The literal meaning of commorientes is “simultaneous deaths“.

The commorientes rule applies for the purpose of determining title to property. It states that (subject to any court order) if two or more people die in circumstances where it is not possible to tell who died first, the deaths are presumed to have occurred in order of seniority, so the younger is deemed to survive to elder. Common scenarios where such “simultanous deaths” occur in air plane crash, terrorist attack, and car accident.

Section 30 of Civil Law Act (Chapter 43, Singapore) provides:

Presumption of survivorship in regard to claim to property

30. In all cases where 2 or more persons die in circumstances rendering it uncertain which of them survived the other or others, such deaths shall (subject to any order of the court) for all purposes affecting the title to property be presumed to have occurred in order of seniority and accordingly the younger shall be deemed to have survived the elder.

Couples often worry about dying together in an accident. In reality, this rarely happens, but it is prudent to cover the possibility when making a will.

For example, if a husband (the elder or older) and a wife (the younger) die together in a car accident and it is not possible to tell who died first, the wife is deemed to survive the husband for the purposes of succession to their estates.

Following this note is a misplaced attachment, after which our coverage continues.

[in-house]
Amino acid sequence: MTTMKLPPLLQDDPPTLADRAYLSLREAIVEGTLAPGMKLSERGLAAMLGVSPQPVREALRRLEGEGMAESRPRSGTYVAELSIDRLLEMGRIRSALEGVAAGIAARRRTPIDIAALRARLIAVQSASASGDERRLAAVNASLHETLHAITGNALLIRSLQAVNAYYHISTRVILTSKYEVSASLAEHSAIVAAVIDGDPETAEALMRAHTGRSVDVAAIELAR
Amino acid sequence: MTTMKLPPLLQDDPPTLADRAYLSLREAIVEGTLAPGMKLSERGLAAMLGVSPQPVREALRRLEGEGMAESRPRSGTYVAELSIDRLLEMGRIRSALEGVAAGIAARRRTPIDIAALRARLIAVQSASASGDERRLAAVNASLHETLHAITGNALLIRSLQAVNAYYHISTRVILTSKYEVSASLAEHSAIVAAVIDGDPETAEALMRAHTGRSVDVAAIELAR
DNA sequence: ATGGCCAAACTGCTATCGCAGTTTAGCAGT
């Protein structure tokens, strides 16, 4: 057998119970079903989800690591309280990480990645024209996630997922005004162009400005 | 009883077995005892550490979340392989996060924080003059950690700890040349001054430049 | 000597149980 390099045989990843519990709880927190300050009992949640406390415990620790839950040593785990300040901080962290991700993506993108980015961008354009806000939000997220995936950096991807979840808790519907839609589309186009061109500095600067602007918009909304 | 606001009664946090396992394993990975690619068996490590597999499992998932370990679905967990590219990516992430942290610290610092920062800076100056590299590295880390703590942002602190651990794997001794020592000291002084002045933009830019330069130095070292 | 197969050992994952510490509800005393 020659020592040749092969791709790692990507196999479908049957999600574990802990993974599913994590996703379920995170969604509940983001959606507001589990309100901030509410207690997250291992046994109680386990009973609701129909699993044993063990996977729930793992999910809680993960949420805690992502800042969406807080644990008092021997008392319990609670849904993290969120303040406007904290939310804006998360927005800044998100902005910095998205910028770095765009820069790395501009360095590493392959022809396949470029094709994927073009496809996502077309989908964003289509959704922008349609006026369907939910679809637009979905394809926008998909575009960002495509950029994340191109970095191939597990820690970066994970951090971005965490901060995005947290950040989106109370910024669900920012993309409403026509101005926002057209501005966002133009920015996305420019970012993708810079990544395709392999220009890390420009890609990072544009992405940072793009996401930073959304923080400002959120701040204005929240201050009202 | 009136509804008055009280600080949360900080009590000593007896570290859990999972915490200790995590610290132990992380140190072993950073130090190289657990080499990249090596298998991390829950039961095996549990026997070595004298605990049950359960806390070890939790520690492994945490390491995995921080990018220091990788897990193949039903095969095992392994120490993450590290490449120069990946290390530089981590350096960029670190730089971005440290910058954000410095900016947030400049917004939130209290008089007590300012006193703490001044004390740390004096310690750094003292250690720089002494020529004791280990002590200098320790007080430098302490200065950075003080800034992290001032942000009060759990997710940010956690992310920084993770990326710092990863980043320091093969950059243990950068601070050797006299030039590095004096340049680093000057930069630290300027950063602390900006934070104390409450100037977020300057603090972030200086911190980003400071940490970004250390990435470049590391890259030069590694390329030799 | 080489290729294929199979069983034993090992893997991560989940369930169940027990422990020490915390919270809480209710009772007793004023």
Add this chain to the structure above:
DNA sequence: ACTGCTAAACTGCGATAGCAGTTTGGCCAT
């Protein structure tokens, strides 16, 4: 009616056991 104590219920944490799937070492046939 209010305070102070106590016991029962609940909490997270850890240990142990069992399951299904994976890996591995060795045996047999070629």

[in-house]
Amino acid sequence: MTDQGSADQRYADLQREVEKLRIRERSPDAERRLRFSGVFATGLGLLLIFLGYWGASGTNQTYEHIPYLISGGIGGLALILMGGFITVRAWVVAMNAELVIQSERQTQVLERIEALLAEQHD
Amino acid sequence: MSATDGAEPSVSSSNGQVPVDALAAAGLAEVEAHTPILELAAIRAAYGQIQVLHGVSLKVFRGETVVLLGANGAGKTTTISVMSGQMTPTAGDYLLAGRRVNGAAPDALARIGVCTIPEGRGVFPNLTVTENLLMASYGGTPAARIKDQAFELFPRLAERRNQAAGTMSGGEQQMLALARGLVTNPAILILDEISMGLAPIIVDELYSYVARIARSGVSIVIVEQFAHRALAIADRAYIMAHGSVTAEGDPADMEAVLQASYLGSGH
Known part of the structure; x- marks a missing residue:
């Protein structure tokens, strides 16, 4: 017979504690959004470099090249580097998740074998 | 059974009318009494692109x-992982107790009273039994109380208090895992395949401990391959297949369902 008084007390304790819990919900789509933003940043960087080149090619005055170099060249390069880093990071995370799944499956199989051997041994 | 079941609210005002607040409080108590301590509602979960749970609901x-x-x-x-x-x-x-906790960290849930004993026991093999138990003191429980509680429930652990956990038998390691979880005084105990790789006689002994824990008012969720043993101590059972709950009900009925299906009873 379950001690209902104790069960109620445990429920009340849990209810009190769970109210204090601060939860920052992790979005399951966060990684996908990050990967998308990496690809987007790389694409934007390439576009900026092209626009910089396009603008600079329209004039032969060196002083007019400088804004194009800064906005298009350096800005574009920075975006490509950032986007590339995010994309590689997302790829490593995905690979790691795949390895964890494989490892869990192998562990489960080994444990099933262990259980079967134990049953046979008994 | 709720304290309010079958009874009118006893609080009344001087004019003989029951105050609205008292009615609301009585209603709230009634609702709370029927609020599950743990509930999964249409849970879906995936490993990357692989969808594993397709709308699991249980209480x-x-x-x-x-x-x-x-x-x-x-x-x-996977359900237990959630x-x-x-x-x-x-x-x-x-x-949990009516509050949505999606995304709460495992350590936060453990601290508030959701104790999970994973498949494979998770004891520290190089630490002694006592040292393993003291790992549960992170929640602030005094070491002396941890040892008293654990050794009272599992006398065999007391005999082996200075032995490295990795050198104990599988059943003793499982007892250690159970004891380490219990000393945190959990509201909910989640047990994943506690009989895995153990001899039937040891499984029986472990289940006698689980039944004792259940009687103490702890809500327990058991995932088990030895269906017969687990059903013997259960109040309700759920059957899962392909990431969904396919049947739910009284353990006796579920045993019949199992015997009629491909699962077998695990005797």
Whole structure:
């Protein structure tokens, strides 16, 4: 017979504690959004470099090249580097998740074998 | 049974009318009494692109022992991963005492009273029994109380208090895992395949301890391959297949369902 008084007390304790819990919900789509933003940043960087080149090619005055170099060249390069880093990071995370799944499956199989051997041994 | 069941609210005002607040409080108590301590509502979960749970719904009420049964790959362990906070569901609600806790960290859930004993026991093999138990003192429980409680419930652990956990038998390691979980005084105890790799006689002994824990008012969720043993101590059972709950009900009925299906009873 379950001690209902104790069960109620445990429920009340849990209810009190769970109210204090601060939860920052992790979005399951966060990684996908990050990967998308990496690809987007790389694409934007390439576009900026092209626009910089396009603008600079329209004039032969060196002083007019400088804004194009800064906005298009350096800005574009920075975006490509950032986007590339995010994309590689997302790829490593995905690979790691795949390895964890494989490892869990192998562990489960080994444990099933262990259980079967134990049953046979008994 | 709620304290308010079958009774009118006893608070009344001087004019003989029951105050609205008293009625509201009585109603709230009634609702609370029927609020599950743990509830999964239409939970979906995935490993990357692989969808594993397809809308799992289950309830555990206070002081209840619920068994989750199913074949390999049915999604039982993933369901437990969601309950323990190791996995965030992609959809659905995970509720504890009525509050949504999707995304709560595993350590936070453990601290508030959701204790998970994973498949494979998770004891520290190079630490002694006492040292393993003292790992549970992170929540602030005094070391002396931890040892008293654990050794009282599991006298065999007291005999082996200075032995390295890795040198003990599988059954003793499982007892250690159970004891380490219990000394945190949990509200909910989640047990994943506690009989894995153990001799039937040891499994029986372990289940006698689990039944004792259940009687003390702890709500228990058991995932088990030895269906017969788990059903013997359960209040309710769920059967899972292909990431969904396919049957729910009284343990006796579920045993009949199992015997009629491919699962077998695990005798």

In drafting of Will, due to this rule, it is common to provide a survivorship clause to provide for such a scenario.

For example, a gift in a Will may specify that:

“I, Tom, give all my assets anywhere in the world (“my Assets“) to my wife Mary absolutely, but if she does not survive me by 7 days, I give my assets to my son John absolutely.”

In this example, Mary does not inherit the gift unless she survives Tom by 7 days.

Note that “7 days” is simply stated as an illustration and not as a rule or standard, and the period can be “10 days”, “28 days”, “90 days” or “6 months” as may be preferred by the Testator. The time period stated is arbitrary as it is almost impossible to predict one’s death. However, the preference is not to stipulate too long a period as the beneficiary will have to wait that period before he can apply for the Grant of Probate or administer the estate.

In this example, if Tom and Mary were travelling to New York in a plane where it crashed into the sea midway and all the passengers died simultaneously (where it is not possible to tell who died first), then Mary is deemed not to have survive Tom by 7 days and the gift to her will lapse, and their son John (if he is alive) would inherit the whole of his father’s (Tom) assets.

In drafting such a clause, although it may appear simple, care should be taken in drafting the survivorship to prevent unintentional gifts.